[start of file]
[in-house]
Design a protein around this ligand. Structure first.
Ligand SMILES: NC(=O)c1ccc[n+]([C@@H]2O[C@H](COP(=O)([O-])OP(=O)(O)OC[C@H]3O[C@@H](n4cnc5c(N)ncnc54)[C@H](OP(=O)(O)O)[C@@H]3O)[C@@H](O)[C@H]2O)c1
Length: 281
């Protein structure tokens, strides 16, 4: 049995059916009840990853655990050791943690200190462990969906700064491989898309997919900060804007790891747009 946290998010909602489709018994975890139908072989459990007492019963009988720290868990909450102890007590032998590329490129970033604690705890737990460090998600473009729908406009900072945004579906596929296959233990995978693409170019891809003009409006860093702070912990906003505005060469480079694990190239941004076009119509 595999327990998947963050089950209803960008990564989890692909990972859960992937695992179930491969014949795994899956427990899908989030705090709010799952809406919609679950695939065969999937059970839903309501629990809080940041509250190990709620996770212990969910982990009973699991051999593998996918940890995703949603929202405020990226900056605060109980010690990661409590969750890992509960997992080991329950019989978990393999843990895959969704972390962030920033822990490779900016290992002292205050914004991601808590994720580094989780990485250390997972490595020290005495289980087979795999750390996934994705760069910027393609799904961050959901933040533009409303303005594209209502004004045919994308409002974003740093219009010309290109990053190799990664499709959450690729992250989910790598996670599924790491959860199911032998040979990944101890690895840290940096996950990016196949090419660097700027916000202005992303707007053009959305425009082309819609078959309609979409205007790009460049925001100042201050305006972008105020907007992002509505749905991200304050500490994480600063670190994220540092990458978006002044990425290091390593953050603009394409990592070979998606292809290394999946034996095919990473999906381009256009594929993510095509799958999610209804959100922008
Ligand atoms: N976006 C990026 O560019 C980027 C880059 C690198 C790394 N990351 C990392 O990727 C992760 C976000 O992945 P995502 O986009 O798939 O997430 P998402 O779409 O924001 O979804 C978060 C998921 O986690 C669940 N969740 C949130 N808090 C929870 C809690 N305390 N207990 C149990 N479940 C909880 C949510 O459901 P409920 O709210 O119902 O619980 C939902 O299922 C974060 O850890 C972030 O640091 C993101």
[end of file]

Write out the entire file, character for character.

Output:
[in-house]
Design a protein around this ligand. Structure first.
Ligand SMILES: NC(=O)c1ccc[n+]([C@@H]2O[C@H](COP(=O)([O-])OP(=O)(O)OC[C@H]3O[C@@H](n4cnc5c(N)ncnc54)[C@H](OP(=O)(O)O)[C@@H]3O)[C@@H](O)[C@H]2O)c1
Length: 281
């Protein structure tokens, strides 16, 4: 049995059916009840990853655990050791943690200190462990969906700064491989898309997919900060804007790891747009 946290998010909602489709018994975890139908072989459990007492019963009988720290868990909450102890007590032998590329490129970033604690705890737990460090998600473009729908406009900072945004579906596929296959233990995978693409170019891809003009409006860093702070912990906003505005060469480079694990190239941004076009119509 595999327990998947963050089950209803960008990564989890692909990972859960992937695992179930491969014949795994899956427990899908989030705090709010799952809406919609679950695939065969999937059970839903309501629990809080940041509250190990709620996770212990969910982990009973699991051999593998996918940890995703949603929202405020990226900056605060109980010690990661409590969750890992509960997992080991329950019989978990393999843990895959969704972390962030920033822990490779900016290992002292205050914004991601808590994720580094989780990485250390997972490595020290005495289980087979795999750390996934994705760069910027393609799904961050959901933040533009409303303005594209209502004004045919994308409002974003740093219009010309290109990053190799990664499709959450690729992250989910790598996670599924790491959860199911032998040979990944101890690895840290940096996950990016196949090419660097700027916000202005992303707007053009959305425009082309819609078959309609979409205007790009460049925001100042201050305006972008105020907007992002509505749905991200304050500490994480600063670190994220540092990458978006002044990425290091390593953050603009394409990592070979998606292809290394999946034996095919990473999906381009256009594929993510095509799958999610209804959100922008
Ligand atoms: N976006 C990026 O560019 C980027 C880059 C690198 C790394 N990351 C990392 O990727 C992760 C976000 O992945 P995502 O986009 O798939 O997430 P998402 O779409 O924001 O979804 C978060 C998921 O986690 C669940 N969740 C949130 N808090 C929870 C809690 N305390 N207990 C149990 N479940 C909880 C949510 O459901 P409920 O709210 O119902 O619980 C939902 O299922 C974060 O850890 C972030 O640091 C993101």